Investing in NFOs carries similar risks as investing in established mutual funds, with factors like market volatility and fund management effectiveness influencing returns. While NFOs offer the advantage of entry at the fund's inception, investors should conduct thorough research on the fund's objectives, management, and market conditions before investing to mitigate risks.

Which NFO is best to invest now?

Unfortunately, there's no single "best" NFO. The best choice depends on your investment goals, risk tolerance, and existing portfolio. Research and compare NFOs based on your financial situation.

What is the process of NFO?

The NFO process involves the fund house announcing the launch, outlining its investment strategy, and setting a subscription period. Investors can then apply during this window to purchase units at the initial offer price.

Which is better, NFO or SIP?

NFOs offer the chance to invest in a new fund at the ground floor, while SIPs (Systematic Investment Plans) allow for disciplined, regular investment. Consider your goals - for a lump sum investment, an NFO might be suitable, while SIPs are better for long-term, rupee-cost averaging.

When should I invest in NFO?

Invest in an NFO if it aligns with your investment goals and you believe in the fund's long-term potential. However, thorough research is crucial before investing in any NFO, not just because it's new.

How is the NFO price calculated?

The NFO price is typically set at a fixed price per unit (often Rs. 10) during the subscription period. This price may be adjusted based on the total amount of money collected from investors. There's no complex calculation involved for investors; the price is pre-determined by the fund house.

Can we withdraw money from NFO?

Unlike established mutual funds, investors generally cannot withdraw money from NFOs until the fund transitions from the NFO phase to a regular open-ended scheme. During the NFO period, investors can only subscribe to the fund by purchasing units at the offering price.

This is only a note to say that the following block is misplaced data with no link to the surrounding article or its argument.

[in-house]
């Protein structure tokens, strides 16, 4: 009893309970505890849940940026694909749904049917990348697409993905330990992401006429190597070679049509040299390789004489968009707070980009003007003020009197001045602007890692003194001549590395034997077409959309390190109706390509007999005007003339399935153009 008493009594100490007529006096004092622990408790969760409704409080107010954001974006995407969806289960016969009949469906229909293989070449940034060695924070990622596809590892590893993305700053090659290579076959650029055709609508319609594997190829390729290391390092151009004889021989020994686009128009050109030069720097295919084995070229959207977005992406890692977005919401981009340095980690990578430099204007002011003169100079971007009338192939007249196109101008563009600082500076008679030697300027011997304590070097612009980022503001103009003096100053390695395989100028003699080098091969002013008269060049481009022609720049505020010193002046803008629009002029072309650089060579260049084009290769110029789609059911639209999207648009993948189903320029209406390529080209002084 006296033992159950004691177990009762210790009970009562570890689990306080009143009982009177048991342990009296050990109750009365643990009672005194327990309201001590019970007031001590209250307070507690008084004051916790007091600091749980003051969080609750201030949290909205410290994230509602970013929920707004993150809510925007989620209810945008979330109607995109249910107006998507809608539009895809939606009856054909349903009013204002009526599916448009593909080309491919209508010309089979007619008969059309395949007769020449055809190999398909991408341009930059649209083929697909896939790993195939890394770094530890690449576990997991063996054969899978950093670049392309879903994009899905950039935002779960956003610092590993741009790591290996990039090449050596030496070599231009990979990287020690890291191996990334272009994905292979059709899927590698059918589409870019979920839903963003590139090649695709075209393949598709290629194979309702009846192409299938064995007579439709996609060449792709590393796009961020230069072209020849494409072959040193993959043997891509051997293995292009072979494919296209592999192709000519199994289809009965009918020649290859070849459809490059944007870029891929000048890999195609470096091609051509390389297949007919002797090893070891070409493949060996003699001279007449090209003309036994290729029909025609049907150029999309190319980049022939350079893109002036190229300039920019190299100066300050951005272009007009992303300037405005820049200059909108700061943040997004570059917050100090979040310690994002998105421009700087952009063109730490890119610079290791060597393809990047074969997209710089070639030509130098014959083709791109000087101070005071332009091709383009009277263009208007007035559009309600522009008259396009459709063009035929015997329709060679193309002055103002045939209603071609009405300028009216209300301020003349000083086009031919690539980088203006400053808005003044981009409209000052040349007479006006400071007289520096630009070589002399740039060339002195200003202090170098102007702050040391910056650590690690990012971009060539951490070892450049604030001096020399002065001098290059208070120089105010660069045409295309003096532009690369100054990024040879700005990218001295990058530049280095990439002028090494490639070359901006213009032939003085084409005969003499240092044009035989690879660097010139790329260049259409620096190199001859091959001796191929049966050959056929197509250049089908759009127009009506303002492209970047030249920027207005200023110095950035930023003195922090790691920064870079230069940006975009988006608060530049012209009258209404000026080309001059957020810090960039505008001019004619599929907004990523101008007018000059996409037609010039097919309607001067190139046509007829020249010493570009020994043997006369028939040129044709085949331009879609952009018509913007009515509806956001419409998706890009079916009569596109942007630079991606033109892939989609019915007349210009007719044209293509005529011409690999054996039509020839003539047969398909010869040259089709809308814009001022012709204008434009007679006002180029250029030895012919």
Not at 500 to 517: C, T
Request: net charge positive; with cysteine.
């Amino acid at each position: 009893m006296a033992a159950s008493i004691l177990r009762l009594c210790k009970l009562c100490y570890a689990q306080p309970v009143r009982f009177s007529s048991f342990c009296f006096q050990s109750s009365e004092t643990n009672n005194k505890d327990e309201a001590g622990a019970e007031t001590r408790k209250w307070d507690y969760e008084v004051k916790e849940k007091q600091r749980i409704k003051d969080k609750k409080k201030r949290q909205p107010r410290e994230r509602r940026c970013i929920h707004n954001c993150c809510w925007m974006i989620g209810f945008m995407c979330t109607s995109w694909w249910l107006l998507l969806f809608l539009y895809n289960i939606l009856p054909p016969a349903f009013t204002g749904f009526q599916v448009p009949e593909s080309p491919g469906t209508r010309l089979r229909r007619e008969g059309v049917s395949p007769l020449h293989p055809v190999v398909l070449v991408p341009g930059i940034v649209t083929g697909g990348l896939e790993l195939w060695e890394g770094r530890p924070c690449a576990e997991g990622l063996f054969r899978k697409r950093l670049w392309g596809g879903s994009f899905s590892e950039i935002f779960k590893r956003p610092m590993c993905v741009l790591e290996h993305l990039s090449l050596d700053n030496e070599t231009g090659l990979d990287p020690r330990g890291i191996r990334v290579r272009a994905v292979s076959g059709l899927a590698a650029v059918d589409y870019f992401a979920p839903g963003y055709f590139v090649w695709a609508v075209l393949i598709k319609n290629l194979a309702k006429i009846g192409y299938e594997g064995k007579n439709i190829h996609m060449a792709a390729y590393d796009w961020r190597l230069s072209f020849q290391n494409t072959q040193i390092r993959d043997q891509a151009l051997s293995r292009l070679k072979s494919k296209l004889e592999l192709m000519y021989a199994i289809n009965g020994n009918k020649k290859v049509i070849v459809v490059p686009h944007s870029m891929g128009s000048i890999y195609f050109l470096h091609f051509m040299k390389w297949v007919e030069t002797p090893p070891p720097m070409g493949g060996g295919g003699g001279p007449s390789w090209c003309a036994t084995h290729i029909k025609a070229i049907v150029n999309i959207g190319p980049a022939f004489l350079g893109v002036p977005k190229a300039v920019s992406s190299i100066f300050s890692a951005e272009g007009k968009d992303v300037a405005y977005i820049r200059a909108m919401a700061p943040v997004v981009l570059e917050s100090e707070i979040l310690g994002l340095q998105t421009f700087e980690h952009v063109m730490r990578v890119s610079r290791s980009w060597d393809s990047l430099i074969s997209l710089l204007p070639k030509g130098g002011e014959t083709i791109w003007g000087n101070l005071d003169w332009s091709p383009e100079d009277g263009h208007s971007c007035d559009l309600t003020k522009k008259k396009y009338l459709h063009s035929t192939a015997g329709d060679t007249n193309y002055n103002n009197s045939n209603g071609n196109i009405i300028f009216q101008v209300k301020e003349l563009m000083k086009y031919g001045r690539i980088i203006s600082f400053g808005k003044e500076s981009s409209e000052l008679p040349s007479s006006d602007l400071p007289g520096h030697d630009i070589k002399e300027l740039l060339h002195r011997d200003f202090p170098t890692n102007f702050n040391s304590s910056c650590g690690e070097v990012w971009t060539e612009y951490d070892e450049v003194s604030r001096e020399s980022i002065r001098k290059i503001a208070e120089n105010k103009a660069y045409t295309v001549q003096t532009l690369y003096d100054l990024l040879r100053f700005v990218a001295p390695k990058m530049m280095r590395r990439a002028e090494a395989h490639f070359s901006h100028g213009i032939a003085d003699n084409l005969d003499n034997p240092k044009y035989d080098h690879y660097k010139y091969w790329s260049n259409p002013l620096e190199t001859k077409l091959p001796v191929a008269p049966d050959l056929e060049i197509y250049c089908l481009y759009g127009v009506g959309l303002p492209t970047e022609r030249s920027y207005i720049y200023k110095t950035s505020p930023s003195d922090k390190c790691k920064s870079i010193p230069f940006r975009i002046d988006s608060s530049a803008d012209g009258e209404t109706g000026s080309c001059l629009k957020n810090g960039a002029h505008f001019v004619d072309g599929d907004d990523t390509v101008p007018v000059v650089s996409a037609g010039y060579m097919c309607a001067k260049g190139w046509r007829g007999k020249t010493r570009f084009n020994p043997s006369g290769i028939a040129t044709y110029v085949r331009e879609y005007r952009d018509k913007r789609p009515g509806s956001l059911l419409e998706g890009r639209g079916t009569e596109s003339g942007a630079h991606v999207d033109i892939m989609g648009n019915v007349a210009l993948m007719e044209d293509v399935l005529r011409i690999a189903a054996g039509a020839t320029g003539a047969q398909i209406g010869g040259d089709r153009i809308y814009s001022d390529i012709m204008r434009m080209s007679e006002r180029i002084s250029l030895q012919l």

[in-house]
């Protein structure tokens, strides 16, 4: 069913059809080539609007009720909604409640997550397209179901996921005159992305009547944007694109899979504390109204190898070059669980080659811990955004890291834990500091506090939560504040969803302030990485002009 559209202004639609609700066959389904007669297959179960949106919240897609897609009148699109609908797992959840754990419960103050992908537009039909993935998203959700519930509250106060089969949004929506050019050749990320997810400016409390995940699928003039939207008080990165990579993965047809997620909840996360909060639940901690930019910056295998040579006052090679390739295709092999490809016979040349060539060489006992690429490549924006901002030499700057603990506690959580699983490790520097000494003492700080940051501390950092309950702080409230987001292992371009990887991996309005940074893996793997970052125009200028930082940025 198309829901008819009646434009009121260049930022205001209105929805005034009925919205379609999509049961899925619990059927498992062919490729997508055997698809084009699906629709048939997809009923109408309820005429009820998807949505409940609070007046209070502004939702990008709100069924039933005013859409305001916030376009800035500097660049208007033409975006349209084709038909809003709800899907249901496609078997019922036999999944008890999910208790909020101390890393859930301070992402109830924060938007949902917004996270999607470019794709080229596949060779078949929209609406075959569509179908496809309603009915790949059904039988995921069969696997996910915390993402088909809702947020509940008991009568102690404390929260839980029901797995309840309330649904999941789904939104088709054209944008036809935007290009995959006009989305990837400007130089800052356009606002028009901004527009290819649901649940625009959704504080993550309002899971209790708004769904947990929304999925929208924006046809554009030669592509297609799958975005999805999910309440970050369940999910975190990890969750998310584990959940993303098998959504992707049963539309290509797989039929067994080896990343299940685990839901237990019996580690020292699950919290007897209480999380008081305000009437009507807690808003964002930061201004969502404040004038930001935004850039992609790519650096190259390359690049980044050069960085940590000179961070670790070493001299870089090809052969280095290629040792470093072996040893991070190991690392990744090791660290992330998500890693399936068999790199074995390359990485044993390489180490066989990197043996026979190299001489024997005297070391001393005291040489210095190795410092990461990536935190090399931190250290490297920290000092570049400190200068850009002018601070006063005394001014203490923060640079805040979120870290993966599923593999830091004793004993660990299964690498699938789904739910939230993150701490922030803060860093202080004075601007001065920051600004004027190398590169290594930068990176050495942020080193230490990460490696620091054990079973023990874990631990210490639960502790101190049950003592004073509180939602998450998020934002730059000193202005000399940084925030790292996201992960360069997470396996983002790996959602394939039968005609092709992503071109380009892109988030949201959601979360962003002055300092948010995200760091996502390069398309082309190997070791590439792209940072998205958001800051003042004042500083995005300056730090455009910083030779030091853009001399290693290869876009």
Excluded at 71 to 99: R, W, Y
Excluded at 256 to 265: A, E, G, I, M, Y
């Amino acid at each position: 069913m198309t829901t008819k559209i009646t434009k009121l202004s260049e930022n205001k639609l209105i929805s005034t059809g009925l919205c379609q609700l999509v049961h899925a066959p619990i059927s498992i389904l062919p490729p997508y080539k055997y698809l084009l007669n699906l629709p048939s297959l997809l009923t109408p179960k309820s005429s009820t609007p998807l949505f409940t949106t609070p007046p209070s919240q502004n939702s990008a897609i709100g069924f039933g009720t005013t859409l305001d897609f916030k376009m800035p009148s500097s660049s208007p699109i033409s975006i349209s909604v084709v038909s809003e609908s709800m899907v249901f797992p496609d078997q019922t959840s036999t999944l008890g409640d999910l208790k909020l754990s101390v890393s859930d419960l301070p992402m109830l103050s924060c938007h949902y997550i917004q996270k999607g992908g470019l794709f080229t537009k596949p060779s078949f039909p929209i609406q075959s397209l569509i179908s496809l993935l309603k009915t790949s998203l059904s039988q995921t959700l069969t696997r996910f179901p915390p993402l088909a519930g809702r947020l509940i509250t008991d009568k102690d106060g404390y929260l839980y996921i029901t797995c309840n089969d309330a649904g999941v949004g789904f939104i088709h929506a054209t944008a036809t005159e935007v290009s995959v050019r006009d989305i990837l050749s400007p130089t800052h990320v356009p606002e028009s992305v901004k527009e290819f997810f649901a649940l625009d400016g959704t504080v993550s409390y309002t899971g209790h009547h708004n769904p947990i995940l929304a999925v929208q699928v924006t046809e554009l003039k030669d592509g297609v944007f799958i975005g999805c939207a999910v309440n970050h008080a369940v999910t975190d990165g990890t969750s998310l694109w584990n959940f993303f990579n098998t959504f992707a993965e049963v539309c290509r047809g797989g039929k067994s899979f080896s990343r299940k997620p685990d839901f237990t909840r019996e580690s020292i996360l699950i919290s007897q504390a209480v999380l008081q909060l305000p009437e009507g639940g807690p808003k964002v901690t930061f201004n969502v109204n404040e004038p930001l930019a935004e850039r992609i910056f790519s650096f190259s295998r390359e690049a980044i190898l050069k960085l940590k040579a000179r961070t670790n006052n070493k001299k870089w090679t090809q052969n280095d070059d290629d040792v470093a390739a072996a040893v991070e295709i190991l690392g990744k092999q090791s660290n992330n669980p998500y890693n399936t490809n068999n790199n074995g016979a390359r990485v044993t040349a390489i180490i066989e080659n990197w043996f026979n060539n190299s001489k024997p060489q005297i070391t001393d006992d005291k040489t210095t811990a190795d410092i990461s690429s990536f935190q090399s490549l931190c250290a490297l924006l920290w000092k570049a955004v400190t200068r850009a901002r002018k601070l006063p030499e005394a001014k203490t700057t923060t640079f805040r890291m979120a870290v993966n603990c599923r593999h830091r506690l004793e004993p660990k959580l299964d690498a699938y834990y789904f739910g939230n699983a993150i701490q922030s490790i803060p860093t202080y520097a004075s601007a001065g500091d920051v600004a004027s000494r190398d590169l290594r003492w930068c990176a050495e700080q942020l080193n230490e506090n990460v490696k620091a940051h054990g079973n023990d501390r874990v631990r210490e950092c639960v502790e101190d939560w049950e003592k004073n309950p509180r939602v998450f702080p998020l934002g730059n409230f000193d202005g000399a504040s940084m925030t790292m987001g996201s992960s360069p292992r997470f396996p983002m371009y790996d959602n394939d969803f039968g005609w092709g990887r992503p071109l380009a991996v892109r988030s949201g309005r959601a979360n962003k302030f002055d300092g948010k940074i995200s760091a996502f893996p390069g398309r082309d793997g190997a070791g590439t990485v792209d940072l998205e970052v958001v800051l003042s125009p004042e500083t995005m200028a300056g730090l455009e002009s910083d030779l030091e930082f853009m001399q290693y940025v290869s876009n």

When can I sell my NFO?

After the NFO period ends and the fund transitions into a regular open-ended scheme, investors can sell their NFO units in the secondary market through exchanges or redemption with the mutual fund company. The exact timing for selling NFO units depends on the fund's structure and market conditions.

What is the minimum amount for NFO?

The minimum investment amount for NFOs varies depending on the mutual fund scheme and regulatory requirements set by the Securities and Exchange Board of India (SEBI). Generally, NFOs may have minimum subscription amounts ranging from Rs. 500 to Rs. 5,000, but this can differ based on the fund's investment objectives and structure.

What is Rs. 10 NFO?

Rs. 10 NFO refers to New Fund Offerings (NFOs) where the initial offering price per unit is set at Rs. 10. This fixed price offering allows investors to subscribe to the fund at a predetermined rate per unit during the NFO period, often making it accessible to investors with varying budget sizes.

How to choose NFO?

When selecting NFOs, investors should consider factors such as the fund's investment objectives, asset allocation, fund manager's track record, expense ratio, and market conditions. Conducting thorough research, analyzing the fund's prospectus, and assessing one's investment goals and risk tolerance are crucial steps in choosing an NFO.

What is expiry in NFO?

In the context of NFOs, "expiry" typically refers to the end of the NFO period, after which investors can no longer subscribe to the fund at the initial offering price. Once the NFO period expires, the fund transitions into a regular open-ended scheme, and investors can buy and sell units at prevailing market prices.

Can NFO be profitable?

NFOs have the potential to be profitable if the fund's investment objectives align with market conditions and the fund manager's strategy generates positive returns. However, profitability depends on various factors such as market performance, fund management effectiveness, and investment duration. Thorough research and careful consideration of risks are essential for maximizing potential profitability in NFO investments.

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Bajaj Finance Limited (“BFL”) is an NBFC offering loans, deposits and third-party wealth management products.

The information contained in this article is for general informational purposes only and does not constitute any financial advice. The content herein has been prepared by BFL on the basis of publicly available information, internal sources and other third-party sources believed to be reliable. However, BFL cannot guarantee the accuracy of such information, assure its completeness, or warrant such information will not be changed. 

This information should not be relied upon as the sole basis for any investment decisions. Hence, User is advised to independently exercise diligence by verifying complete information, including by consulting independent financial experts, if any, and the investor shall be the sole owner of the decision taken, if any, about suitability of the same.